However, we should not write off Eli has some super-villain who always had it out for righteousness, love, and mercy. He was not going around pouring pepper in people’s coffee, slapping babies, and getting drunk every night. He blessed Hannah (1 Sam 1:17). He trained Samuel. He was not all bad. But when pushed came to shove, he chose to honor his sons instead of God. Instead of condemning his sons and overseeing their execution, Eli joined them. Consequently, he doomed himself, his family, and his ministry to destruction.

The Scottish theolog Alexander Maclaren noted:

But all was marred by a fatal lack of strong, stern resolve to tolerate no evil which he ought to suppress. Good, weak men, especially when they let foolish tenderness hinder righteous severity, bring terrible evils on themselves, their families, and their nation.

I fear many of our churches are dying for just this reason. These men are not all bad. These pastors preach some decent sermons. They show up at the hospital from time to time. But when sin arises in their midst, they look the other way. They lack the resolve to meaningfully apply what they preach.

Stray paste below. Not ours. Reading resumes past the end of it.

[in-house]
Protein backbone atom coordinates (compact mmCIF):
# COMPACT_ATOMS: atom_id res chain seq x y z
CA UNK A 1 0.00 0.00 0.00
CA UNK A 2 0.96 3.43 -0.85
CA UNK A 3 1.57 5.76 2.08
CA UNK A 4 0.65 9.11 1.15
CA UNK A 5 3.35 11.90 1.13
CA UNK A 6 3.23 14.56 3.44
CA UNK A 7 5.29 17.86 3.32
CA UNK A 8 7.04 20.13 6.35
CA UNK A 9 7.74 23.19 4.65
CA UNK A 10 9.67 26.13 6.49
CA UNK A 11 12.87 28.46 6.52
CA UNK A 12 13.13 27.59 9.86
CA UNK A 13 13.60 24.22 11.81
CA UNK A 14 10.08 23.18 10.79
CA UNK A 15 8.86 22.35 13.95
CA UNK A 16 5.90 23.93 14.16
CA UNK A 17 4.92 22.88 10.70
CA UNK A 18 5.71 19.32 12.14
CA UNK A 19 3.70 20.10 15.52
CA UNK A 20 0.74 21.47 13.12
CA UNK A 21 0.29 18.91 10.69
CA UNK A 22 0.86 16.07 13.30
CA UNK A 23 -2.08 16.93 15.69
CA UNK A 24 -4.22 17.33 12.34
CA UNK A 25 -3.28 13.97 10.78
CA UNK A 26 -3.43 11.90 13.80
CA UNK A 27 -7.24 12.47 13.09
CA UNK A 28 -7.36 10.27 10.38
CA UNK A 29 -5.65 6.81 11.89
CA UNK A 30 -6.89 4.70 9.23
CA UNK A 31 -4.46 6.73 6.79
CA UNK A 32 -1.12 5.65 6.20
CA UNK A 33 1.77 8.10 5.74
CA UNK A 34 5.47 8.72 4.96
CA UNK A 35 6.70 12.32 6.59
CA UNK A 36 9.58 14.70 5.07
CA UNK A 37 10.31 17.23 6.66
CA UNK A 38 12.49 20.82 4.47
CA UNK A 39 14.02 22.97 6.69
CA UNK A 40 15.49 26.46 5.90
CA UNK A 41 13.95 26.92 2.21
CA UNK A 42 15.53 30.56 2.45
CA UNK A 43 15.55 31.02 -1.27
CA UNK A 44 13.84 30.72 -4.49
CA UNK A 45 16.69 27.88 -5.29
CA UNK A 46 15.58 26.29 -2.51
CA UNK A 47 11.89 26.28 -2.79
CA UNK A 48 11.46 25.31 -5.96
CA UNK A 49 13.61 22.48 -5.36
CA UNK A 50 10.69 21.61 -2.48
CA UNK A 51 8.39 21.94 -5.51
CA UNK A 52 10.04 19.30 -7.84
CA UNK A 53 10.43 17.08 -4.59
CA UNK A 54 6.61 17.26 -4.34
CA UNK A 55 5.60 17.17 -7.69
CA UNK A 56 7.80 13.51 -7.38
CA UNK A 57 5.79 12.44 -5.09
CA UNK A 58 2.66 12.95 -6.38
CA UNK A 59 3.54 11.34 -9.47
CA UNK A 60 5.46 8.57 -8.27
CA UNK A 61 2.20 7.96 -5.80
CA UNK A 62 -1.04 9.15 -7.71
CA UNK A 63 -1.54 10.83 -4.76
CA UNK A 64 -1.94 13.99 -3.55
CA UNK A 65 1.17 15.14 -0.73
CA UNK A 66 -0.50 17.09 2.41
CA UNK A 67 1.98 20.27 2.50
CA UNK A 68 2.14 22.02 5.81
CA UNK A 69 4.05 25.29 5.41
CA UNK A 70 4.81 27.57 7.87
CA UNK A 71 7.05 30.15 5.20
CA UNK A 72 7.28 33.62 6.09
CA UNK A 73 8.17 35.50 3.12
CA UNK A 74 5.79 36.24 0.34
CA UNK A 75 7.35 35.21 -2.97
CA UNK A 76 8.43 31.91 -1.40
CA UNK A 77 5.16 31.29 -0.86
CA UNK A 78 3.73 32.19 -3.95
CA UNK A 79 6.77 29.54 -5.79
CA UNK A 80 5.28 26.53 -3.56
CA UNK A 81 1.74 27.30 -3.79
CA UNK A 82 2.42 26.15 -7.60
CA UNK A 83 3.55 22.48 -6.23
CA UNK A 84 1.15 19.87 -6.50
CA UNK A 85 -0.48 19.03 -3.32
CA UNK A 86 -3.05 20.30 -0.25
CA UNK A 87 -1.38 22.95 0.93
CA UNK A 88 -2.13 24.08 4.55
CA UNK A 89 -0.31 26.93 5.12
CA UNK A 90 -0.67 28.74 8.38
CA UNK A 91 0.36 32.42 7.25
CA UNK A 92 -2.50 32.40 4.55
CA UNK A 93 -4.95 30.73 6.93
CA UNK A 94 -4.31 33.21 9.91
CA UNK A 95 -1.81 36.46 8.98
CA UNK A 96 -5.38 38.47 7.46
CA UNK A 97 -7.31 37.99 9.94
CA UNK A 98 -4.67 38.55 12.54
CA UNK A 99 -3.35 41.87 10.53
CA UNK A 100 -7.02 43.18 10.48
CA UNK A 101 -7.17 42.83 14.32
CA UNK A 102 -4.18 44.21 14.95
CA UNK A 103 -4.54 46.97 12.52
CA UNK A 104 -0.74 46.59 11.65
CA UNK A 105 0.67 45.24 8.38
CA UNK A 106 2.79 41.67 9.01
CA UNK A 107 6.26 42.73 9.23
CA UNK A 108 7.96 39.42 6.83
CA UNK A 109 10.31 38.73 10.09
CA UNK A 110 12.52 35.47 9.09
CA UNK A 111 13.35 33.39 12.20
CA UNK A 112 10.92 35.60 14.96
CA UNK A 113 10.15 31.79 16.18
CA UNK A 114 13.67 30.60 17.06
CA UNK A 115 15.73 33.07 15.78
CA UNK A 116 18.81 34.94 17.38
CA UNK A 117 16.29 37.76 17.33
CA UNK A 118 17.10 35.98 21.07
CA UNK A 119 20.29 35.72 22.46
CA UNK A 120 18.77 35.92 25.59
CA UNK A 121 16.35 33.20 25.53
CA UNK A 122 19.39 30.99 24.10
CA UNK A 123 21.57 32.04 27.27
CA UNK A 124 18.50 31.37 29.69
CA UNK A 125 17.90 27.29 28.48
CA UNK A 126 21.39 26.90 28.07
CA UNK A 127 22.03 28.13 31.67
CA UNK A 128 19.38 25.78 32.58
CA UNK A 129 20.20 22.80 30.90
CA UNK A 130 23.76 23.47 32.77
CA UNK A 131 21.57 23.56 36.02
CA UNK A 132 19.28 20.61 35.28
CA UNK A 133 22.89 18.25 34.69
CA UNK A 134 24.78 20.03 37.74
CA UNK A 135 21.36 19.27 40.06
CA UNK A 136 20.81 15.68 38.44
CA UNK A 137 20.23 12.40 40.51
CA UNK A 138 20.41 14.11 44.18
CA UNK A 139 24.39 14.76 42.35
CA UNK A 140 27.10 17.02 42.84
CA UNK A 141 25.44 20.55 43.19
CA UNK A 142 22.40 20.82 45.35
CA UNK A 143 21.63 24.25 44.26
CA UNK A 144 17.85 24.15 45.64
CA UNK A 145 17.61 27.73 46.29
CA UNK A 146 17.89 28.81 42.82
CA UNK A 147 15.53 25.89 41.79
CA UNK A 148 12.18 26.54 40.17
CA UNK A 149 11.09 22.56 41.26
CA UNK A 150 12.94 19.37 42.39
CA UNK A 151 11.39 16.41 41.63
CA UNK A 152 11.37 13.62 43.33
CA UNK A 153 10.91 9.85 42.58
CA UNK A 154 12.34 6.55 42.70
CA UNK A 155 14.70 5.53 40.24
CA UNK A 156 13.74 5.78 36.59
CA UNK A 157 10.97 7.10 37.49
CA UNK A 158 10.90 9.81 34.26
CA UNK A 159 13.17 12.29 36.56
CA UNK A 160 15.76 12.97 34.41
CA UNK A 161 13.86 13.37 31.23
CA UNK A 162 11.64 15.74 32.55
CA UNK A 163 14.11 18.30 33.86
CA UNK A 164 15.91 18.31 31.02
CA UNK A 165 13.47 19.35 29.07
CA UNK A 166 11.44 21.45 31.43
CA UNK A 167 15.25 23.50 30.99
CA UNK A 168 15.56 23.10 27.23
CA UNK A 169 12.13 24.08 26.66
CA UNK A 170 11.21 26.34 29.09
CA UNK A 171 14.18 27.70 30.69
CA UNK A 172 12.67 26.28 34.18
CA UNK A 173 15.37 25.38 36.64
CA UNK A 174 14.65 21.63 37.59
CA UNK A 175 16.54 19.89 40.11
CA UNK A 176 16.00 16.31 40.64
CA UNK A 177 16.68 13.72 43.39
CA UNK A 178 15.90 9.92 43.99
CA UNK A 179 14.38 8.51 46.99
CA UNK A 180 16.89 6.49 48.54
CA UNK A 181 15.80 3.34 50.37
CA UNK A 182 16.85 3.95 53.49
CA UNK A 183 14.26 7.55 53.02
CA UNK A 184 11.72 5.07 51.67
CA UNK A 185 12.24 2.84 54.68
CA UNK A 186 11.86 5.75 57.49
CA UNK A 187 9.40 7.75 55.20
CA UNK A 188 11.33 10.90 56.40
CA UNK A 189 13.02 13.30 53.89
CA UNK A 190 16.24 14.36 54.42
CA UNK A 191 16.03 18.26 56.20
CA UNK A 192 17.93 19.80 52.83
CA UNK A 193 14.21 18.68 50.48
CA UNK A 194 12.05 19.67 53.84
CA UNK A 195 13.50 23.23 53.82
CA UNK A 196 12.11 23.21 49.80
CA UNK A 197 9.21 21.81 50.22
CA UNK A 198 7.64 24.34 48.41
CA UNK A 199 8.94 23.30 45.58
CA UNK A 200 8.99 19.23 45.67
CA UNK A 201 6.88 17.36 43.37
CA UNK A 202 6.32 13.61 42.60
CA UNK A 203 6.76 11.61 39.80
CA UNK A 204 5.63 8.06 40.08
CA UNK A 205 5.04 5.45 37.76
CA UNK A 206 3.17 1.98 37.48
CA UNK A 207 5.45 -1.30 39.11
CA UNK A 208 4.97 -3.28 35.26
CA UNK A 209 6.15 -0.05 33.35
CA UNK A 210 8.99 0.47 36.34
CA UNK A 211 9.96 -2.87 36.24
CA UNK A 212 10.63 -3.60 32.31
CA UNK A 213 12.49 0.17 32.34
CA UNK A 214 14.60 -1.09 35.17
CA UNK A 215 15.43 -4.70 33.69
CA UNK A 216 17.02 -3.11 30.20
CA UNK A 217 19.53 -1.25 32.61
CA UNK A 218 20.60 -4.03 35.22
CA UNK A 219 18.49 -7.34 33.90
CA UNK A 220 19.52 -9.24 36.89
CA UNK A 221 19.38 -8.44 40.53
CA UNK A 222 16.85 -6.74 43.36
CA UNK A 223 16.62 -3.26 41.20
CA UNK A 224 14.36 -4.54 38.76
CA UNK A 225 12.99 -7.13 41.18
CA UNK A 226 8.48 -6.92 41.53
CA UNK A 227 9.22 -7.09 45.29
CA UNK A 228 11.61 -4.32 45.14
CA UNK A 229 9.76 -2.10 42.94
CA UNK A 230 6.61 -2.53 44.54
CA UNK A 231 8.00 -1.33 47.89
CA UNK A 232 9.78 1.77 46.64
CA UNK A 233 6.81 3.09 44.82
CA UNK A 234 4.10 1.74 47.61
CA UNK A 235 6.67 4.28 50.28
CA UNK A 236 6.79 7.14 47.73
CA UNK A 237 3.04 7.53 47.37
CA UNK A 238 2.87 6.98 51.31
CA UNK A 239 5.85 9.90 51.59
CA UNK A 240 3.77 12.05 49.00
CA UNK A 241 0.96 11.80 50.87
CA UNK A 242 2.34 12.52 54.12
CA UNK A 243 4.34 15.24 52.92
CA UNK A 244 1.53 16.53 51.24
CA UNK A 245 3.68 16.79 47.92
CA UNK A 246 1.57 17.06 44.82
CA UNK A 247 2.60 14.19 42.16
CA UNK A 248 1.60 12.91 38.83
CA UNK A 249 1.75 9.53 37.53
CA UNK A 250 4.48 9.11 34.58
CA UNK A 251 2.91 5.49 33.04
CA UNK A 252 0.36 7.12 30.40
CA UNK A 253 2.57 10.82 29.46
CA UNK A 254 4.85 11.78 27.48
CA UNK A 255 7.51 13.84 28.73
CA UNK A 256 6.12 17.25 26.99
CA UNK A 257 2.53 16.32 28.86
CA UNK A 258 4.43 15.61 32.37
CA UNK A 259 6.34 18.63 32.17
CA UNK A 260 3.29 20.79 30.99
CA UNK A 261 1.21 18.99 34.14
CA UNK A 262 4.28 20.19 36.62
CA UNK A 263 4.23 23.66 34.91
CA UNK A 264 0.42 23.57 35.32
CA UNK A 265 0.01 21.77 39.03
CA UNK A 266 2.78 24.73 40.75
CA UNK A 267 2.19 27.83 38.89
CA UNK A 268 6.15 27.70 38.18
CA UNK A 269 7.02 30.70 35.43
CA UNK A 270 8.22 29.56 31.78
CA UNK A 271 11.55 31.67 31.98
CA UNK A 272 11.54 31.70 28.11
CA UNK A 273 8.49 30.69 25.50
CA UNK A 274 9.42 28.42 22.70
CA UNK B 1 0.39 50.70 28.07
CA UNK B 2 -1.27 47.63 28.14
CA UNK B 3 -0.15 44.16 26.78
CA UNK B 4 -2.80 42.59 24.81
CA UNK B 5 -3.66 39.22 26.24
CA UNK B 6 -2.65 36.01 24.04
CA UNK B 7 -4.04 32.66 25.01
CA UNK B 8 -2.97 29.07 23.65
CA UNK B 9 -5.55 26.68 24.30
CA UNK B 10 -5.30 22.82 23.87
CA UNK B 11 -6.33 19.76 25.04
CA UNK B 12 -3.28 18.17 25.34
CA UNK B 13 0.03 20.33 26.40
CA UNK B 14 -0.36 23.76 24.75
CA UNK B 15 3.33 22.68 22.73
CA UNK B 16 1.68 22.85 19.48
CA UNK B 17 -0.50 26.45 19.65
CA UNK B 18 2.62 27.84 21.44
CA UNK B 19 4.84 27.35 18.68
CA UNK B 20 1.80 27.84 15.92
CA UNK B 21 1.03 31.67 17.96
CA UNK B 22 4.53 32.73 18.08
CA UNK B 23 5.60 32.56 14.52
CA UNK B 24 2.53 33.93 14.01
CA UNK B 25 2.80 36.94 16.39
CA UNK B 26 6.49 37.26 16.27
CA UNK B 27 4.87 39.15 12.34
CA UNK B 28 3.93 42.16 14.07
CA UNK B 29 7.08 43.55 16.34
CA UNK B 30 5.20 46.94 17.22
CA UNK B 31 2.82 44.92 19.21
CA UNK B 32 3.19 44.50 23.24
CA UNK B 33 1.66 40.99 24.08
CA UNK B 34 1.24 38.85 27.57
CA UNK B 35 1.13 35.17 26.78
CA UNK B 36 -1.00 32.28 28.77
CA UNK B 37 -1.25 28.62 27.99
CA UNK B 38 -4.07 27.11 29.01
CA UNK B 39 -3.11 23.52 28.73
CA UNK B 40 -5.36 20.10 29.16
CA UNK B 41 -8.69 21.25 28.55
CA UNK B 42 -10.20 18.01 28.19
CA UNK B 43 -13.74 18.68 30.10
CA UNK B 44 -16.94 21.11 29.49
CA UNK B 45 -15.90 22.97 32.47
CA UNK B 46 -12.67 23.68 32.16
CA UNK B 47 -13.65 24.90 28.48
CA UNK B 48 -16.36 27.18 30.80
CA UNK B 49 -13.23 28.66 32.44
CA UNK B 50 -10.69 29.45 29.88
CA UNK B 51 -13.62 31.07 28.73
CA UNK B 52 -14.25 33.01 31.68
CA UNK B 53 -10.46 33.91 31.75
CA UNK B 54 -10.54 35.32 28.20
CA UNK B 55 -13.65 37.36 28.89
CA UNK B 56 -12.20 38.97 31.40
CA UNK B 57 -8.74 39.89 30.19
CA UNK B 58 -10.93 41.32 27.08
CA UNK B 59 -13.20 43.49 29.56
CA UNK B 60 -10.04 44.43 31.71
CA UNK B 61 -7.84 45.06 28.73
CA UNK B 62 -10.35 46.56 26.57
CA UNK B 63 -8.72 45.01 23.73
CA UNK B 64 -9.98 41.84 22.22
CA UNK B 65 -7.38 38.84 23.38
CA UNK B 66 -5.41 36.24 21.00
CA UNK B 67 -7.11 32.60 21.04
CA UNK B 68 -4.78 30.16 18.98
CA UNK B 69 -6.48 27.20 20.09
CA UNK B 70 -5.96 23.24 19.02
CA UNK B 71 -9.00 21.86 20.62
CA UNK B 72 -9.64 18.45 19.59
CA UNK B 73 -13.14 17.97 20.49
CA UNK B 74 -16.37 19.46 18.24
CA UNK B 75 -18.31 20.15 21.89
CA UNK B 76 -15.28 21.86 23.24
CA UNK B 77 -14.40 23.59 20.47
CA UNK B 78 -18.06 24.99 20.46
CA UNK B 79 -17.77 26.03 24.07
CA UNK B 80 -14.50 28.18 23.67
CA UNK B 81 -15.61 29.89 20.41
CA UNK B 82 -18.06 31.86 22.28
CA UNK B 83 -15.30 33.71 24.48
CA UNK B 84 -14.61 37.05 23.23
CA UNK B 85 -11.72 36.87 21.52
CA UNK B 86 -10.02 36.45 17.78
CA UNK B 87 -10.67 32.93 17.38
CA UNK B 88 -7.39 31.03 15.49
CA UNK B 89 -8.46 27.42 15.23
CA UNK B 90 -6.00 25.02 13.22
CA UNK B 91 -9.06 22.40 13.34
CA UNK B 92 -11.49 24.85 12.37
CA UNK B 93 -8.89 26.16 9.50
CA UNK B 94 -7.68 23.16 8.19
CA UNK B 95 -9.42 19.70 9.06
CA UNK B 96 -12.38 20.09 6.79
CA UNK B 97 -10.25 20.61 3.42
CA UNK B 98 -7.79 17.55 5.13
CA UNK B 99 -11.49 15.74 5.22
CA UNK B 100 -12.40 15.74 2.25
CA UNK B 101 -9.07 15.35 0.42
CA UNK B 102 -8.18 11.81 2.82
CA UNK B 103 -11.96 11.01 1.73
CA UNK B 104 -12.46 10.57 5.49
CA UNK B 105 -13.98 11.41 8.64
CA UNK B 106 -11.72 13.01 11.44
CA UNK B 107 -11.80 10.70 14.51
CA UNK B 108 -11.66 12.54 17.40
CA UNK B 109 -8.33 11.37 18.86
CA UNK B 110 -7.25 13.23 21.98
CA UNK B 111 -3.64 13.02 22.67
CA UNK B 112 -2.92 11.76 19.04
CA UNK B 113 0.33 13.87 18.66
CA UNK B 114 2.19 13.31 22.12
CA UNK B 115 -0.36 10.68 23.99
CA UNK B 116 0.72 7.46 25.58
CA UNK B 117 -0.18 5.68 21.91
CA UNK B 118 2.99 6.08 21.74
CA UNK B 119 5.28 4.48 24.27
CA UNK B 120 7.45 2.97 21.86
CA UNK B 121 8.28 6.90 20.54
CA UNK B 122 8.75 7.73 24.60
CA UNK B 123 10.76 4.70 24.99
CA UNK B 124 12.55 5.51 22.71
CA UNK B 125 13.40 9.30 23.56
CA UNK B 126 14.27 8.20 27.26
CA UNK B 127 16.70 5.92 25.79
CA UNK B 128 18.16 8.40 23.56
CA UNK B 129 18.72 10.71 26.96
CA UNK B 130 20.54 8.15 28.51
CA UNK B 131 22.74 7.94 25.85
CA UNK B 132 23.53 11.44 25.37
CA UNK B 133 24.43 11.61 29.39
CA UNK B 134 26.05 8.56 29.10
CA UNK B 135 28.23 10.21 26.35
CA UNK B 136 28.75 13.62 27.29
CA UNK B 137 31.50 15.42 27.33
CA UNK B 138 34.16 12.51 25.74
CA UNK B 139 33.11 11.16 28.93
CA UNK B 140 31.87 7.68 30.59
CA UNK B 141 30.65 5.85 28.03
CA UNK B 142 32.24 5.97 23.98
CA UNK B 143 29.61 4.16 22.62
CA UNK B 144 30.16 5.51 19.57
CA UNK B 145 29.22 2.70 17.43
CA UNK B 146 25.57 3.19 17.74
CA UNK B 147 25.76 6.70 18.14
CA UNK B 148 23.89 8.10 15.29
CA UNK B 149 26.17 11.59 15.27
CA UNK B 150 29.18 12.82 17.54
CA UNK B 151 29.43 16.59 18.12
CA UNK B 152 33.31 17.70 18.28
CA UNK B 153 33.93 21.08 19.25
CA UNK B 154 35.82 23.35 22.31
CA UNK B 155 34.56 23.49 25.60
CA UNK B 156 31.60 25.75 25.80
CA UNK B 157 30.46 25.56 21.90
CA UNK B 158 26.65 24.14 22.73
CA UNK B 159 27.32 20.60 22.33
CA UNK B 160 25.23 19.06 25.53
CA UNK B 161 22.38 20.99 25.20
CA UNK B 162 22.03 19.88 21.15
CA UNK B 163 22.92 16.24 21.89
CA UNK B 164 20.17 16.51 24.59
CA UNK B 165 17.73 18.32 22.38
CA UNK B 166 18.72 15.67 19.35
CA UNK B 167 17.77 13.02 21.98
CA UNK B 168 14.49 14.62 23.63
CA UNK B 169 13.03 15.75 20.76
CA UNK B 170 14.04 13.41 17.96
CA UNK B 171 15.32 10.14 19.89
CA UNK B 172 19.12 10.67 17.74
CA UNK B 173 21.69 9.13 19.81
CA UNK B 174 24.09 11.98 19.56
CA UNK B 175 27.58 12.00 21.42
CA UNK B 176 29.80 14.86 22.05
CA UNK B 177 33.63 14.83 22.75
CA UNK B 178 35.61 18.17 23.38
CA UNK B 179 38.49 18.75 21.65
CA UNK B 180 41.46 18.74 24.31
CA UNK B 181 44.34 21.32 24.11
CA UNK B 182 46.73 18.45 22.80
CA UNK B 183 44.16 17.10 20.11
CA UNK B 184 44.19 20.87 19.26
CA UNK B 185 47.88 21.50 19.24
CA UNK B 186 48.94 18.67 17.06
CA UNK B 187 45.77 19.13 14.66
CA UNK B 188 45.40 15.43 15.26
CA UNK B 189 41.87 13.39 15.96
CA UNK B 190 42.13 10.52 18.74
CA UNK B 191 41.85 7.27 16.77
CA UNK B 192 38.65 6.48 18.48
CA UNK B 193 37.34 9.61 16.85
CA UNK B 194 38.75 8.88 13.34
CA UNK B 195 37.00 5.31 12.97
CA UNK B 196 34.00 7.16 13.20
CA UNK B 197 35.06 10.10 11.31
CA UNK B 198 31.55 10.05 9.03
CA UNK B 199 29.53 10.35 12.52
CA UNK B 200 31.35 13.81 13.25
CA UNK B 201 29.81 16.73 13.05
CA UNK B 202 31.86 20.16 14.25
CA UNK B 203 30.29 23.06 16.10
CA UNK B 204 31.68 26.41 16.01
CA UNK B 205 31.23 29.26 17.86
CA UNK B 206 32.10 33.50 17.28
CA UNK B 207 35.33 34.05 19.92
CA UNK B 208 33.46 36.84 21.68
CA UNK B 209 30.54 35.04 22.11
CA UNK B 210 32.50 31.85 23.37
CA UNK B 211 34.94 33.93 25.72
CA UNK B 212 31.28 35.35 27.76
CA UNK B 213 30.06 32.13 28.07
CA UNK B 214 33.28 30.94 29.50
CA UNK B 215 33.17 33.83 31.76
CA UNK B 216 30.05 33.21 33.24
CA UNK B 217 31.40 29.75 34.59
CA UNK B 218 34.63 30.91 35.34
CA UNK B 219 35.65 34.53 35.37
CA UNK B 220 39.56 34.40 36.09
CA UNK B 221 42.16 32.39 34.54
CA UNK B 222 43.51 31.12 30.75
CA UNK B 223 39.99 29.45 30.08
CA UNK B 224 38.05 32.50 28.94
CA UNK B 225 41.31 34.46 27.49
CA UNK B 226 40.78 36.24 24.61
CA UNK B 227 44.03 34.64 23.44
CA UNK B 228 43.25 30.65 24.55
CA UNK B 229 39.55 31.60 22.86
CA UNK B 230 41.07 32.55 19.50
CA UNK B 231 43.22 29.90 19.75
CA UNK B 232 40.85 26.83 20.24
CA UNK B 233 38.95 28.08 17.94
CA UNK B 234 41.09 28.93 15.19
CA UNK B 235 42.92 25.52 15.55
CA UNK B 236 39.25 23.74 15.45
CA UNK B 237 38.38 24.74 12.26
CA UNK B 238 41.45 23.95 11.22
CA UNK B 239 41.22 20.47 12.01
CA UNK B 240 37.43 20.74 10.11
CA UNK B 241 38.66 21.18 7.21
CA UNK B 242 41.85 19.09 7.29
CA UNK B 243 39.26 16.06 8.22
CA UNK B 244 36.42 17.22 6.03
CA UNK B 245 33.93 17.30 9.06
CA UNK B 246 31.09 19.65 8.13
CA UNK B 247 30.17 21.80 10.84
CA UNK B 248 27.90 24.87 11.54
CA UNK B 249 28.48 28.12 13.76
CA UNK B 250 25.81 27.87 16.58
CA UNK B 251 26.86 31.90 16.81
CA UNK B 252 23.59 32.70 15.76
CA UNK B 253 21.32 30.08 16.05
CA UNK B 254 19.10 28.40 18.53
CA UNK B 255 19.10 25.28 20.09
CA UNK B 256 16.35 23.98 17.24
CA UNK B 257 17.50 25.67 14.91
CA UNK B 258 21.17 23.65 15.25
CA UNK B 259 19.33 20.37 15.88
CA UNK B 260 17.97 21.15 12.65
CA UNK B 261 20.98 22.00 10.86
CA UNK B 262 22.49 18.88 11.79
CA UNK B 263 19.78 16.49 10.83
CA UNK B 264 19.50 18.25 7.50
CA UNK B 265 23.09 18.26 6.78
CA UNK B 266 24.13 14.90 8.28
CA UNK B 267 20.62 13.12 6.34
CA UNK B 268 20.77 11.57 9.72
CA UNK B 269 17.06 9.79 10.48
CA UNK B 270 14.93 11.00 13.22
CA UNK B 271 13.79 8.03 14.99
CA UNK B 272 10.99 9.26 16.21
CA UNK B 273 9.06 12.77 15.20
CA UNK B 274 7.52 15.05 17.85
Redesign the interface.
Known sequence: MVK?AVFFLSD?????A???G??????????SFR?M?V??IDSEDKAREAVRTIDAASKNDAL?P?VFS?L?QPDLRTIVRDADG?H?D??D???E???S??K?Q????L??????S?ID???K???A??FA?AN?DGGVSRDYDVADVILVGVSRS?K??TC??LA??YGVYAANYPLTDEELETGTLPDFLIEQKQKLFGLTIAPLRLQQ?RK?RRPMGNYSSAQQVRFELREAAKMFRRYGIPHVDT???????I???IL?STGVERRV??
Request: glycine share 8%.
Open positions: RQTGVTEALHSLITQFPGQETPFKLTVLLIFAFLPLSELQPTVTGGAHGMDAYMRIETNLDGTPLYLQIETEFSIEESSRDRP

Sure, they may encourage people to try to fix their marriage instead of divorcing; they may encourage the drunk to stop drinking; and, they may encourage the abuser to stop being angry. But if their light advise is rejected by the congregant, they back off like Eli did (1 Sam. 2:22-25). They refuse to discipline the man who is leaving his wife to pursue the sexier more understanding girl down the street. They refuse to bring a second witness to the drunk’s house to call him to change. They refuse to put out the sexual immoral, the covetous, the angry, the thieving ,the arrogant, and the prideful.